We all know that building personal connections with clients leads to repeat business and referrals. That’s why the personalization of American Lifestyle magazine is so powerful.
With each issue, we write a default letter for you that is tailored to the issue’s content. But when you read a message written by someone you know, doesn’t it make a stronger impact? Take the time to write your own custom Front Inside Cover letter about upcoming events, special promotions, or personal messages, as this will resonate with your clients more than anything we could say. It will also make your mailing even more personal to the recipient.
But if you’re not a writer, this can be a challenging task. Here are our best suggestions on how to make your writing more impactful:
Make it personal.
Even though your letter is in a magazine instead of on stationery, it’s still a letter. You should write it like you would any letter, and use first person. More specifically, use first person singular (I and me), unless your magazine is from you and a partner. Remember, the letter is from you, not your firm.
You also want it to sound personal to the reader. Picturing a specific person as you write can help you get the tone right.
Write like you speak. This isn’t a high school paper or college dissertation. It’s okay to be informal. In fact, it’s better to be. Use contractions. Use sentence fragments. Start a sentence with and or but. You can even break some grammar rules to sound more conversational (but let’s not get carried away—improper grammar and spelling can diminish your credibility).
Make it easy to read.
Use short words. Don’t write commence when start will do. Get is a better choice than acquire. Most long words have shorter synonyms. Keep a thesaurus handy as you edit to find alternate words.
Use short sentences. Limit each sentence to a single thought. After you’ve written your letter, look for sentences that are joined by and, but, and so; replace these conjunctions with periods whenever possible. Also, eliminate all unnecessary words.
Use short paragraphs. Big blocks of text often go unread. Try to keep your paragraphs to five lines or less. Sometimes, even a single sentence can be a paragraph.
Use active voice. Verbs can be either active or passive. To spare you the full grammar lesson, think of it like this: In active voice, someone does something. In passive voice, someone has something done to him or her. Here’s an example:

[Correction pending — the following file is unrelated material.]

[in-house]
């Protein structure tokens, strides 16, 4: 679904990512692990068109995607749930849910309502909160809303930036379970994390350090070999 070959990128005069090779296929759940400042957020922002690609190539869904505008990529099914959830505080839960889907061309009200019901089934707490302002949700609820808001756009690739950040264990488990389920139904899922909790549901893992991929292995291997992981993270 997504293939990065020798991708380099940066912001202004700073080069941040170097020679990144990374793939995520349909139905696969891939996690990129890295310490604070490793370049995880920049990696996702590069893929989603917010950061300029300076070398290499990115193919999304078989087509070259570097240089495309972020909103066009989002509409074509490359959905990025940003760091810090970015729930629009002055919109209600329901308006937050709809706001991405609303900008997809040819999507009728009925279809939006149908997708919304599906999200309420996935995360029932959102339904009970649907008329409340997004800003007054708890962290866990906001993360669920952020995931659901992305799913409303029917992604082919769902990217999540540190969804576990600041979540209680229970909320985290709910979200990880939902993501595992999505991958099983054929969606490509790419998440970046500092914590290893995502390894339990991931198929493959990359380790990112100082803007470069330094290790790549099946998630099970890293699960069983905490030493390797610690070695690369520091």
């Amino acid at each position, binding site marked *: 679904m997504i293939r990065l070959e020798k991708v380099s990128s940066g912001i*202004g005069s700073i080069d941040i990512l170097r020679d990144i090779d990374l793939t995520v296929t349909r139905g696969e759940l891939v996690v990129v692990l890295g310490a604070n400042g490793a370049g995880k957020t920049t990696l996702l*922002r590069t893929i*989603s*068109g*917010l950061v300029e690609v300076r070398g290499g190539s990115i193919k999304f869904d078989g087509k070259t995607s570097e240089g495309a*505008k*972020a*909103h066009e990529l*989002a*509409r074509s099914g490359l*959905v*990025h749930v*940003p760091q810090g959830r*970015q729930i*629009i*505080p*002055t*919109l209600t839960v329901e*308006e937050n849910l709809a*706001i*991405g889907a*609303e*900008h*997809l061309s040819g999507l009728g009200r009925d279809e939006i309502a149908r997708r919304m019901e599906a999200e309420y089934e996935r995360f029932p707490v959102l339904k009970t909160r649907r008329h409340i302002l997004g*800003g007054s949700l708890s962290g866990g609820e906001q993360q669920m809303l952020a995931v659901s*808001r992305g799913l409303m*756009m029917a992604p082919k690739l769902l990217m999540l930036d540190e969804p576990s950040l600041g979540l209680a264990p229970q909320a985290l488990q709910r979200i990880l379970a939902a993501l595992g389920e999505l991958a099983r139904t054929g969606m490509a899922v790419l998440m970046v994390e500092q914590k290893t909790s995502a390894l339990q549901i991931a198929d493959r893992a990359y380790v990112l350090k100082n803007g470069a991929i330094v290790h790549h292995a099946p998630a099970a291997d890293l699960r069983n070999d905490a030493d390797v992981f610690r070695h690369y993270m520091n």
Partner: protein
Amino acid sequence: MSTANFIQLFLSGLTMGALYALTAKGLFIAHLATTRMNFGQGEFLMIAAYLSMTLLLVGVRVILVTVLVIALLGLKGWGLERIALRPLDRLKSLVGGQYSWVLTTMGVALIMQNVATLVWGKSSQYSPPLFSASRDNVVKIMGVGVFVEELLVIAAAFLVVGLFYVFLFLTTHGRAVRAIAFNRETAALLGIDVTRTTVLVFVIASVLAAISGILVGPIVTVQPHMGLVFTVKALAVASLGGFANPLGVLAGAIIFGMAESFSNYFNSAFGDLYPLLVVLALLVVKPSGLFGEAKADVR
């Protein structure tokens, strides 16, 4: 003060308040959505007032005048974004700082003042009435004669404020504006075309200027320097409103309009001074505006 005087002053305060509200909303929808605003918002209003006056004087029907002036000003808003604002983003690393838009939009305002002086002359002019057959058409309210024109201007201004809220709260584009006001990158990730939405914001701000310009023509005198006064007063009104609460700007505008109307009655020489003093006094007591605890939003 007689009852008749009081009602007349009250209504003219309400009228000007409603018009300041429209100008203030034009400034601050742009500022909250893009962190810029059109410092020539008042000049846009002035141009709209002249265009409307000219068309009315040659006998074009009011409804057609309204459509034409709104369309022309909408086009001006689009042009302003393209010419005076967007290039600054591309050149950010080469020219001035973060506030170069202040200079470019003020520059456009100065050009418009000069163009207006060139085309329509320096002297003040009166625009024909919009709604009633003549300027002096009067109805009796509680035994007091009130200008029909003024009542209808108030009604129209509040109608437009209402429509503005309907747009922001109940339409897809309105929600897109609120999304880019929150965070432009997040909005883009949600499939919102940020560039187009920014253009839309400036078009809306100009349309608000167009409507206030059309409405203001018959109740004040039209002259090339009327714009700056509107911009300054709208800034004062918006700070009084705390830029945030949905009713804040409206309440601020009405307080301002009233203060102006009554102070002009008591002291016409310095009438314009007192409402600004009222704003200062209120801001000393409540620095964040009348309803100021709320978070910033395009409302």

Passive Voice: This magazine is being sent to you.
Active Voice: I’m sending you this magazine.
In most cases, active voice is clearer and stronger.
Think back to when you were a child. Which do you remember: someone telling you not to falsely call out for help or the story of The Boy Who Cried Wolf?
That’s the power of storytelling in action. Stories illustrate points in a way that telling simply can’t. The reader can see it in their mind’s eye, and relate to the situation. Stories tap into emotions, and leave a lasting memory.
Draw from your own life. Sharing a personal experience can make a story more impactful. Plus, it provides a great opportunity for follow-up conversations. Challenge yourself to plan ahead. You can always find the upcoming editorial calendar on the American Lifestyle website. Choose an article about a location you’ve visited, or want to visit, and draw attention to it in your letter. There are always seven articles in each issue, so choosing one to talk about should be easy.
Follow a process.
Putting pen to paper is not always easy. Remember, there is no right or wrong way to write, but this technique has proven effective for many. You might find it helpful too.
First, do a little brainstorming. What would you say if you were meeting the reader in person? Write down everything that comes to mind.
Next, write an outline. This will help you hit all the important points in an order that makes sense. Not only that, but the words will also come much easier when you know what you want to communicate.
Now it’s time to get writing. Action is key here. Don’t worry if it’s not perfect; that’s what editing is for. Stopping to refine in the middle of writing will stall the process. Keep your momentum going until the end.
Finally, read over what you wrote, and edit it. This is arguably the most important step in the whole process. In fact, David Ogilvy, who wrote some of the most successful ads in history and several books on advertising, once stated, “I am a lousy copywriter, but I am a good editor.”
Pay particular attention to grammar and spelling. You don’t want to make any embarrassing mistakes. Read your words out loud. This will make it easier to notice when something doesn’t sound right.
There are many ways to make your American Lifestyle magazine more personal. Our marketing advisors and design team are always available to tailor the magazine to your individual needs. After all, if American Lifestyle magazine is a part of your marketing mix, it is an extension of you. Why wouldn’t you want your clients to think of you when they receive it?